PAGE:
Burger Break

Baldwin was checking those social media accounts and responding to emails on his phone in the early morning hours of Wednesday, April 22, 2020, as he stood outside the passenger door of his Porsche.

A self-described “night owl,” Baldwin usually eats dinner around 8 or 9 p.m. and doesn’t go to bed until 1 or 2 a.m. Earlier that night, he had an argument with his father that was still weighing heavily on his mind. After the dispute, Baldwin sat down to write a letter to his dad to help clear the air.

Three hours after starting the email, Baldwin looked up and realized it was after midnight. Since he hadn’t eaten dinner yet, he decided to take a much-needed break, but there was nothing he wanted to eat in the house, and most fast-food restaurants, even in Las Vegas, were already closed. Nonaka mentioned that In-N-Out Burger, a favorite guilty pleasure of the couple, was open until 1 a.m., so they hopped into the Porsche and headed for the closest location: 9610 W. Tropicana Ave.

Baldwin pulled into the drive-through lane at approximately 12:50 a.m. and placed his order — two Double-Double burgers with whole grilled onions and a large pink lemonade with extra ice. Sticking mostly to his home during the onset of the COVID-19 outbreak, Baldwin had been battling cabin fever for weeks, and his anxiety was elevated further by the still-unresolved disagreement with his dad. When he noticed that several people were dining in their cars in the In-N-Out Burger parking lot, it seemed like a great way to extend this brief escape.

“It was nice to get out of the house,” Baldwin reflected.

Time to Take Off

After finishing their meals and in no rush to get right back home, Baldwin and Nonaka opted for some fresh air around 1:30 a.m. The restaurant is in a “good part of town,” Baldwin noted, and the views aren’t bad either, at least as far as a parking lot goes. The landscaping is well-kept and includes several palm trees. In the daylight, visitors can even look down Tropicana Avenue to the west and see a piece of the Red Rock Canyon National Conservation Area mountain ranges in the distance.

About 15 minutes after Baldwin and Nonaka stepped out of the car, an In-N-Out employee approached the couple and asked them to move the vehicle. It’s restaurant policy to make sure all vehicles are out of the lot before employees lock up and leave for the night. Baldwin pulled his car approximately 60 feet away into the immediately adjacent strip mall parking lot and parked directly underneath a pole light in front of a financial business, positioning the vehicle perpendicular to the painted spaces and facing south. The pair hopped out again. Baldwin stood to the rear of the vehicle on the passenger side looking out into the parking lot while Nonaka stood outside the driver’s side door facing the same direction. They both went back to their phones.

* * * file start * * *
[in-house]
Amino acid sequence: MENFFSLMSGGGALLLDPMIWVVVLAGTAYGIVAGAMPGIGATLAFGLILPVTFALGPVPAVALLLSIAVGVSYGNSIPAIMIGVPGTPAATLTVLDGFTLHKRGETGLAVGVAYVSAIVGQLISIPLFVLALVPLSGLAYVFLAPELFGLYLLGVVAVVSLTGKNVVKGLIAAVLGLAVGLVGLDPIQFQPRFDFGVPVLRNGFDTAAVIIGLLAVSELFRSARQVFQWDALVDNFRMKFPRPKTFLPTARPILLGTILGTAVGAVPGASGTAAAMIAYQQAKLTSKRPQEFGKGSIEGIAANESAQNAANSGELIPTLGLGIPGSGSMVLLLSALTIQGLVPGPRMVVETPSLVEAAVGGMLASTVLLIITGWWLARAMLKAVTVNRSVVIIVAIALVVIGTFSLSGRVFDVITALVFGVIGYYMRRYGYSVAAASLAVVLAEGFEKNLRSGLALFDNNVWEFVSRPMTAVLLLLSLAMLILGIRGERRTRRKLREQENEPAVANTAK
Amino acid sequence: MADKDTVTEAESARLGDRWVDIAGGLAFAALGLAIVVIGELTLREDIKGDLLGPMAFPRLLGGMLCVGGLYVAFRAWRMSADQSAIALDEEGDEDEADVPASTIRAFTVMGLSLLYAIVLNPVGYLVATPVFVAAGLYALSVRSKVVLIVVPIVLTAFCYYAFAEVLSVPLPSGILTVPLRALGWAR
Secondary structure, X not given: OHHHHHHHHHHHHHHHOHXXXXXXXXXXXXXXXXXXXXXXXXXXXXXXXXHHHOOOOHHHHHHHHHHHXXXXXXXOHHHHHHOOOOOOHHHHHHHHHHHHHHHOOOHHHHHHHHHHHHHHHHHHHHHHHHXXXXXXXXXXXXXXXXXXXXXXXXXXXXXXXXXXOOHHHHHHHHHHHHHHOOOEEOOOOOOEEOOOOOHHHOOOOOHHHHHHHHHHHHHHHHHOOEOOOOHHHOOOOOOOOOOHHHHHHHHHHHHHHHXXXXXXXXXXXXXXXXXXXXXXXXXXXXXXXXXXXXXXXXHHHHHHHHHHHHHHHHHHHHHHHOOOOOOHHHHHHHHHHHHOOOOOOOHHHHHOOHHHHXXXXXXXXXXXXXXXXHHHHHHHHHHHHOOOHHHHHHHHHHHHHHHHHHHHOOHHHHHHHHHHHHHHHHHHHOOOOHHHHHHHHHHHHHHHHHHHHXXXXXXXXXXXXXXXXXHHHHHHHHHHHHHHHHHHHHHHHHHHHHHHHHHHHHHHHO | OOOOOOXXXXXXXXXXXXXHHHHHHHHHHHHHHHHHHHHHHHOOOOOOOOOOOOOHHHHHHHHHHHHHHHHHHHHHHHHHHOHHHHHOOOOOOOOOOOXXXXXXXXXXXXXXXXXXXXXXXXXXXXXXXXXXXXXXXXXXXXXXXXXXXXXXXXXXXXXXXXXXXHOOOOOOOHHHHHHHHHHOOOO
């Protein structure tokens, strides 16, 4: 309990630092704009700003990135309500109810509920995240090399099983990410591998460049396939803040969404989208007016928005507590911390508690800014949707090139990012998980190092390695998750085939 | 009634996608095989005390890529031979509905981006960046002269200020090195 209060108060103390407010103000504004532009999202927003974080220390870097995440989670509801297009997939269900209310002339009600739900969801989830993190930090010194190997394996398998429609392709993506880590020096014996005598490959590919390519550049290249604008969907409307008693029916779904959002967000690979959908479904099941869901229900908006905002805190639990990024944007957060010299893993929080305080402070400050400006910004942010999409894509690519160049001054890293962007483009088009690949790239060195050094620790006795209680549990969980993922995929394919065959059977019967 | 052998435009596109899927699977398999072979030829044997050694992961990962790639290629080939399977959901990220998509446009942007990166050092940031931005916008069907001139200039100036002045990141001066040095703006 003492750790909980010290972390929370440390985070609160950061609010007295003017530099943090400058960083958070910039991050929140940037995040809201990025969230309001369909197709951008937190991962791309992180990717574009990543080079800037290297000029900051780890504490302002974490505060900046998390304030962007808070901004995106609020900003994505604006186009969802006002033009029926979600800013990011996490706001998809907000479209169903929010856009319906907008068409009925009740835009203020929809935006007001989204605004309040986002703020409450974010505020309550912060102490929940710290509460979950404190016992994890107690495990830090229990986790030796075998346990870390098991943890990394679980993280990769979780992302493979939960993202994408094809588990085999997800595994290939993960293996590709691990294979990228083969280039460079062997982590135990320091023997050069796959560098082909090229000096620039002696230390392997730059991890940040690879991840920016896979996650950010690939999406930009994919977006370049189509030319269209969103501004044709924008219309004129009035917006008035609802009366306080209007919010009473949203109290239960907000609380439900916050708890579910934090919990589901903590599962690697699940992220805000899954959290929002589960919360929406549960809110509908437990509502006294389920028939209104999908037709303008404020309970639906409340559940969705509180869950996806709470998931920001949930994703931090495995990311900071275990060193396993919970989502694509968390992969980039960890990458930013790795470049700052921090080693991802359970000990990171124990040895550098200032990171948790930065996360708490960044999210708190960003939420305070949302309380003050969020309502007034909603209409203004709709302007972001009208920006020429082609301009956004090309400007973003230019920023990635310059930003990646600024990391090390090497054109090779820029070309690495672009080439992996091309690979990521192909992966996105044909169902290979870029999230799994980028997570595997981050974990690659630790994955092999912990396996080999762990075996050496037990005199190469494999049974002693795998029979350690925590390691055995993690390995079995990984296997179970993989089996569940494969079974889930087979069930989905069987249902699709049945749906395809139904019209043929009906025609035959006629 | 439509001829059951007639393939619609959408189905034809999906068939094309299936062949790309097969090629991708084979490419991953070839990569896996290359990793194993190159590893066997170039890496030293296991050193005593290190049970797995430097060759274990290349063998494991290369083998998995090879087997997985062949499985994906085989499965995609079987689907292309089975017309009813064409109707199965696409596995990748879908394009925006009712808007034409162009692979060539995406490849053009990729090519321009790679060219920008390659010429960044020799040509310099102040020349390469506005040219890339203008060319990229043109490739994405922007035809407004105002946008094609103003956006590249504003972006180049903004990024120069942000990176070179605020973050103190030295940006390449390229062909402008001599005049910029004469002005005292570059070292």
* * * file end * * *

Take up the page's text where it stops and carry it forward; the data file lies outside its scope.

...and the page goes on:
Baldwin, who has long made it a habit of regularly checking his surroundings, looked up and surveyed the parking lot as the last four or five other cars began filing out. Several of the light posts that dot the lot were on timers and had recently gone dark. Baldwin could still see most of the paved area from his vantage point, but some pieces were now obscured in darkness.

Just about time to take off, he thought.

The Smiths

Joseph Smith was already having an eventful day by the time he saw Baldwin and Nonaka standing outside a Porsche on the other end of an otherwise empty parking lot at approximately 1:50 in the morning.

The 43-year-old tried to buy a firearm at a gun store located in the strip mall the previous morning, according to a Las Vegas Review-Journal article that cited Las Vegas Metropolitan Police Department reports. Joseph Smith’s brother, Kevin Smith, 40, reportedly told police that his brother was upset when the transaction was denied. And, later that day, Joseph came back to throw rocks at the gun store’s front windows. In a statement the following day, LVMPD Lt. Ray Spencer noted that several of the gun store windows were broken.

Kevin Smith told police that he and his brother left the area at that point but returned later on foot, according to the Review-Journal story. Spencer noted in his statement that Joseph Smith lived in the apartment complex across the street from In-N-Out Burger and that the brothers were seen leaving the apartment and crossing the street.

“Kevin had a feeling Joseph was going to do something stupid but denied knowing what,” the police report reportedly stated.

There is no way Joseph Smith could have known just how stupid that something would be.

The BJ Baldwin Story

Off-Road Truck Driver and Shooting Survivor | Shooting at an In-N-Out: BJ Baldwin Fights Back | When the Smoke Clears: BJ Baldwin Investigation and Support